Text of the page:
Research has consistently found that hospitals with higher patient volumes have better patient outcomes than smaller hospitals, more or less regardless of the type of disease or treatment. The mechanism behind this association has often been explained from the perspective of “practice makes perfect.” In other words, healthcare professionals and provider organizations learn from experience, which in turn may enhance patient outcomes through, for example, a reduced risk of medical errors. Thus, low patient volumes in some areas of healthcare, such as surgical removal of cancer tumours, have prompted authorities in several countries, including the United Kingdom, the Netherlands, and Denmark, to undertake reorganizations of the healthcare system. Furthermore, in the United States, several professional organizations in the healthcare sector have advocated for establishing minimum volume standards for certain med-ical procedures as an indicator of high-quality care. However, it is crucial to distinguish be-tween patterns of correlation versus causation in this context. Whereas a correlation refers to an unspecified association between two variables, such as quality of care and patient volume, causation suggests a causal link from one variable to the other. Correlation does not imply causation per se. Therefore, it is crucial to understand the direction of the relationship before implementing any reforms.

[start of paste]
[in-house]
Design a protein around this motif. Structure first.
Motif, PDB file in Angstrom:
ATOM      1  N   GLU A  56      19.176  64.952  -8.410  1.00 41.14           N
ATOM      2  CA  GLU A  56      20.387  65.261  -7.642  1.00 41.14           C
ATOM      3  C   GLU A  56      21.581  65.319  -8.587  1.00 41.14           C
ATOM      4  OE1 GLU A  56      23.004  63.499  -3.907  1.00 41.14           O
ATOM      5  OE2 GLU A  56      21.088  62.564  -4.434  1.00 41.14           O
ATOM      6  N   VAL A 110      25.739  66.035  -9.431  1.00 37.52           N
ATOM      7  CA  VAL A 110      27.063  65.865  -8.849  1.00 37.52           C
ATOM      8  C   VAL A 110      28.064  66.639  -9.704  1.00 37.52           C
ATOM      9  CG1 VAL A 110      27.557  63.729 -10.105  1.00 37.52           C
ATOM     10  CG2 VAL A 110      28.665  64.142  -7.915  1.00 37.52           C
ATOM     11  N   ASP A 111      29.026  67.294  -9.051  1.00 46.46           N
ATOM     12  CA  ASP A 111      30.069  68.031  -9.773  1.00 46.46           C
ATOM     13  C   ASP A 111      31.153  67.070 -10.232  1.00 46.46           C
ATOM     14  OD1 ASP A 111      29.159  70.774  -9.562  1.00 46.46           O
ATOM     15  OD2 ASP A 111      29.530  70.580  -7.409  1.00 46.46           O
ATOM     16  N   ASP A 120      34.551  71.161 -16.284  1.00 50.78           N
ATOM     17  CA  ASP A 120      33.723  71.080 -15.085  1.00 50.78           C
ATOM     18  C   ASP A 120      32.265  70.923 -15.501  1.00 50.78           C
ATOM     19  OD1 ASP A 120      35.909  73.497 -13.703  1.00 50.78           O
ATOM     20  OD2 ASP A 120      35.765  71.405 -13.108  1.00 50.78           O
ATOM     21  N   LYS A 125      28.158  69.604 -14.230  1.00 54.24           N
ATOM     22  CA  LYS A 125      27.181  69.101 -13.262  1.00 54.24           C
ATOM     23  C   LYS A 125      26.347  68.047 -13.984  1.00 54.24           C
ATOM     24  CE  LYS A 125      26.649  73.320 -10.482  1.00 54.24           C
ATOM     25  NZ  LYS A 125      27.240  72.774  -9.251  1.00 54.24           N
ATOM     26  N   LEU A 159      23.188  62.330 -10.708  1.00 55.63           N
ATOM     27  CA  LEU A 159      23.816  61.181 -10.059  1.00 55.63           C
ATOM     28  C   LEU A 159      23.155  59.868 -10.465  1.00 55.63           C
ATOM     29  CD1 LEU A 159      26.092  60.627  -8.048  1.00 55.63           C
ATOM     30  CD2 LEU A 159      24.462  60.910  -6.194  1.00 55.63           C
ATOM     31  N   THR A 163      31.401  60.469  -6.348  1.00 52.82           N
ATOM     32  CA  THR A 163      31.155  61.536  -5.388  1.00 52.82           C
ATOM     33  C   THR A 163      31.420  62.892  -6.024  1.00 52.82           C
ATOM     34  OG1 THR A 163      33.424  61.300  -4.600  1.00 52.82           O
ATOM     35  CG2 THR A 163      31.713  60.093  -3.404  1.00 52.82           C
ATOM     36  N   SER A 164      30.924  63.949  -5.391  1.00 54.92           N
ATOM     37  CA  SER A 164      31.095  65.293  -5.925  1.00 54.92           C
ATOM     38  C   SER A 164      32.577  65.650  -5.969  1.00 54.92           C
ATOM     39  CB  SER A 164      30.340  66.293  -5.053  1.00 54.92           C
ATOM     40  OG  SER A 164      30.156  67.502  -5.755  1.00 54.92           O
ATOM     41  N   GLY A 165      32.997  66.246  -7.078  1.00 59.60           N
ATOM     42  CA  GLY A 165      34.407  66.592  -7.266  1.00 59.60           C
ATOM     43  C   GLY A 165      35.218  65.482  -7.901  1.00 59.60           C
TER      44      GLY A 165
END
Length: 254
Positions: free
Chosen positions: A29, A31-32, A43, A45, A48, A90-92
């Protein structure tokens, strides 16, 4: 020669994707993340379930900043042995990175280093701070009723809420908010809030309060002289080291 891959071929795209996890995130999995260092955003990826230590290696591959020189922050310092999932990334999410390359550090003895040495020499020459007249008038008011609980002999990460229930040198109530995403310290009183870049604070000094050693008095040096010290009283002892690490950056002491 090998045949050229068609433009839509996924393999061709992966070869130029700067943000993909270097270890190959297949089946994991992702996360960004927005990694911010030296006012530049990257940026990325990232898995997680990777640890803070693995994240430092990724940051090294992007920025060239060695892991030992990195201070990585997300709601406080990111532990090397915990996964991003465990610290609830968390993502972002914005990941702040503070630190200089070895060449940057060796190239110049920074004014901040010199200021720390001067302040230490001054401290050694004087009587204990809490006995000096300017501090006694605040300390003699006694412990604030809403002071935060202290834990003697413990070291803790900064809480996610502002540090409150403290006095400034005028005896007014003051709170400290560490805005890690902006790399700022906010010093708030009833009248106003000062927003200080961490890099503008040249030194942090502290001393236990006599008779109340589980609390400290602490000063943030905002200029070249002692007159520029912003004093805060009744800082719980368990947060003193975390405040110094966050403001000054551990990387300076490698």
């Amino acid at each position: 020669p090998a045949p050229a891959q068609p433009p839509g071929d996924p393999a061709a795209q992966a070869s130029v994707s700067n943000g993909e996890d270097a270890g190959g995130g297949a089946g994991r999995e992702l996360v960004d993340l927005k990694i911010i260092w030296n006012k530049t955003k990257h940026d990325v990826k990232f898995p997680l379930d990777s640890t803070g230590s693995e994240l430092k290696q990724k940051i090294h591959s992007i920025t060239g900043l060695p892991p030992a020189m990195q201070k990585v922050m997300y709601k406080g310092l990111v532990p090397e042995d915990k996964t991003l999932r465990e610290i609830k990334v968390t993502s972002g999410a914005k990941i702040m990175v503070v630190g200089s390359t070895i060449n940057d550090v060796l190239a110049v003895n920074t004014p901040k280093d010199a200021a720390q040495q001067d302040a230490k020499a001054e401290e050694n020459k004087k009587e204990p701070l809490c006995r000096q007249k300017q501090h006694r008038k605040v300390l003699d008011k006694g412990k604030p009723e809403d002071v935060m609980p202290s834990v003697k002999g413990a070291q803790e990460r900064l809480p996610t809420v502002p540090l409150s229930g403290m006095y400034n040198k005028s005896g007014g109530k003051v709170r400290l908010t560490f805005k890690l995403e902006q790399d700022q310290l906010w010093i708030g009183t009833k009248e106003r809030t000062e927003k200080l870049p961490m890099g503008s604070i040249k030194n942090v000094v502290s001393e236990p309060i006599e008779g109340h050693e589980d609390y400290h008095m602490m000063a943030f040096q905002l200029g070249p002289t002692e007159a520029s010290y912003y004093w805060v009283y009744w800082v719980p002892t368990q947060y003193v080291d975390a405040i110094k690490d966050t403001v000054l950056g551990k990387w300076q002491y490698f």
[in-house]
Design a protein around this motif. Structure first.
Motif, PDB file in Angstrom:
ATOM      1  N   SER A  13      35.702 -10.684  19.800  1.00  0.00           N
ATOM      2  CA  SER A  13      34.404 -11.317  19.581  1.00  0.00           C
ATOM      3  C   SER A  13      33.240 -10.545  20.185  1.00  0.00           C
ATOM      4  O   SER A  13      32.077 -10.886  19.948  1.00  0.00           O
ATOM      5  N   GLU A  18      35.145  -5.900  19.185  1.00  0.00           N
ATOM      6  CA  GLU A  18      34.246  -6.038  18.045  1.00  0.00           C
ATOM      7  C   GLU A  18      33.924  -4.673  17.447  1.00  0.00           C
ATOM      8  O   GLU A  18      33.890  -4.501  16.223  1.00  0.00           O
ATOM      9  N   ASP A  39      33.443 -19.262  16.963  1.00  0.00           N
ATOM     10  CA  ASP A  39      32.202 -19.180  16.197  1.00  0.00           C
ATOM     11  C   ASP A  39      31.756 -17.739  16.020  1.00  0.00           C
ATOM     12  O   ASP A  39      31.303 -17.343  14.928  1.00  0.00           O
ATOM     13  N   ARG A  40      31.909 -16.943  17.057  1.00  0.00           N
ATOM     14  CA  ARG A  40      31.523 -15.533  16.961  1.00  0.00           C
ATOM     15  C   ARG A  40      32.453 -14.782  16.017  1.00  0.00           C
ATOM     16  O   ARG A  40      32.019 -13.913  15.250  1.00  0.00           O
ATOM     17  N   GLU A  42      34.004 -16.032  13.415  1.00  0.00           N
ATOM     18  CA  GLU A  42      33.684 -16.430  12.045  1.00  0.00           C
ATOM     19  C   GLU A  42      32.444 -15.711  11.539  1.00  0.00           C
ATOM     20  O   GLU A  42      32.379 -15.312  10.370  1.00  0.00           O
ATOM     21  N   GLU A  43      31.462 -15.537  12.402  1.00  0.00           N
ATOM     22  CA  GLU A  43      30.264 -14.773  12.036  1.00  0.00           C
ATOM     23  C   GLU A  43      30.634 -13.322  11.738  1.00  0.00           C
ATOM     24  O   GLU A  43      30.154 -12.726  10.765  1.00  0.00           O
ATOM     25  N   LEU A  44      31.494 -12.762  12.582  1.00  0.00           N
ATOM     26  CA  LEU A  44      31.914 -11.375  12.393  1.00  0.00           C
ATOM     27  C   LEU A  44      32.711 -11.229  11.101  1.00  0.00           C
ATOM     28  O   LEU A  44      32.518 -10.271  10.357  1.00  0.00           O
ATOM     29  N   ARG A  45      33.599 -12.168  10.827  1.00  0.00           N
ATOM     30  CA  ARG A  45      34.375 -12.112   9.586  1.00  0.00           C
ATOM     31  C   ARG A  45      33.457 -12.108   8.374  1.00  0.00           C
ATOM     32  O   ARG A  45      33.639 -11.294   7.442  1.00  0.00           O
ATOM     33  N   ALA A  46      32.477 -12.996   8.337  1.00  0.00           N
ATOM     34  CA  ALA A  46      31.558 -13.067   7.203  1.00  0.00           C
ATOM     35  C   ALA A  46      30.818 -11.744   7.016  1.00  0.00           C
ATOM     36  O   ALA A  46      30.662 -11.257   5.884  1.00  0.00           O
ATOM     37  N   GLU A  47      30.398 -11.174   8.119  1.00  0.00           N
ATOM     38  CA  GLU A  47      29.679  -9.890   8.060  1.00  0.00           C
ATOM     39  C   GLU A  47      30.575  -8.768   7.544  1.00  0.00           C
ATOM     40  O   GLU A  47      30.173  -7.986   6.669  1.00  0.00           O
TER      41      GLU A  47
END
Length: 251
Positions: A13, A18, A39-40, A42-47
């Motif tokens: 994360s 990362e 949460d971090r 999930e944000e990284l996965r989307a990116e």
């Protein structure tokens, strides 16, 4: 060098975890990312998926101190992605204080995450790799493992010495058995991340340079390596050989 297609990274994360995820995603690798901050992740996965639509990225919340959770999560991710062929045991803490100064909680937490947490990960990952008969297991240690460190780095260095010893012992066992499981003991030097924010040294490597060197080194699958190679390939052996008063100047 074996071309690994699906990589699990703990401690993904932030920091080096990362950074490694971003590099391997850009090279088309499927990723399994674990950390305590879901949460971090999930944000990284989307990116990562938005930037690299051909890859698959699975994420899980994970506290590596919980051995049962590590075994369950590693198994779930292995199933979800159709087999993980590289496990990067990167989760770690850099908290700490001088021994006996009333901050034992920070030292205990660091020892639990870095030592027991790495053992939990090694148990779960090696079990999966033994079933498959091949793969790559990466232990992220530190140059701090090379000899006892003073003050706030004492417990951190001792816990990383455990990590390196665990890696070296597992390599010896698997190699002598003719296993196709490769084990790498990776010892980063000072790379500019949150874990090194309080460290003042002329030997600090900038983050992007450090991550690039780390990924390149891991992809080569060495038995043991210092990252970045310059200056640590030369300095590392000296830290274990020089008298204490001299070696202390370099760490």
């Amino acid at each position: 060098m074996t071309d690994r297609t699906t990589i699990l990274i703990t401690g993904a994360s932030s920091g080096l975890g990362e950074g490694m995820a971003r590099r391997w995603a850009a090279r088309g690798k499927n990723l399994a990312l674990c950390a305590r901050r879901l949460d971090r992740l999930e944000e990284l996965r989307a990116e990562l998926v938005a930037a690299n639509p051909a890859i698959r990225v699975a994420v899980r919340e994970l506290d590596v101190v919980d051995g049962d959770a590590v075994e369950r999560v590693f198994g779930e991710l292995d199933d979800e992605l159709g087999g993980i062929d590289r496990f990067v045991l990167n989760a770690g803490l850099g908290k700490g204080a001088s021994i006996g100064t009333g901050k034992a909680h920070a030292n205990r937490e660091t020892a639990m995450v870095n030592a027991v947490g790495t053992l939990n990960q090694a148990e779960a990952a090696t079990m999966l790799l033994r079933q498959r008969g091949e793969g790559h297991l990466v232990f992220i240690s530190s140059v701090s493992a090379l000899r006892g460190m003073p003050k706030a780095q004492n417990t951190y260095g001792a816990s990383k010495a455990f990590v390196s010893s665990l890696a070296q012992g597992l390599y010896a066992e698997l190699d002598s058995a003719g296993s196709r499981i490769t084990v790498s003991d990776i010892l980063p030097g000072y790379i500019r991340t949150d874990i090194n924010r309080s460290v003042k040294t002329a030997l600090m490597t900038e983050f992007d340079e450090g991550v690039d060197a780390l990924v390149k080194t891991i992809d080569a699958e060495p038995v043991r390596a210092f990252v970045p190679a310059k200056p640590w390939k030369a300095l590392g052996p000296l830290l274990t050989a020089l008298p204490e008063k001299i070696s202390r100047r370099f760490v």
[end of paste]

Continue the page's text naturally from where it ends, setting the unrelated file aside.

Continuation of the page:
SNS Research Brief 62. The volume-outcome relationship in healthcare
Daniel Avdic, Research Fellow at the Centre for Health Economics at Monash Business School
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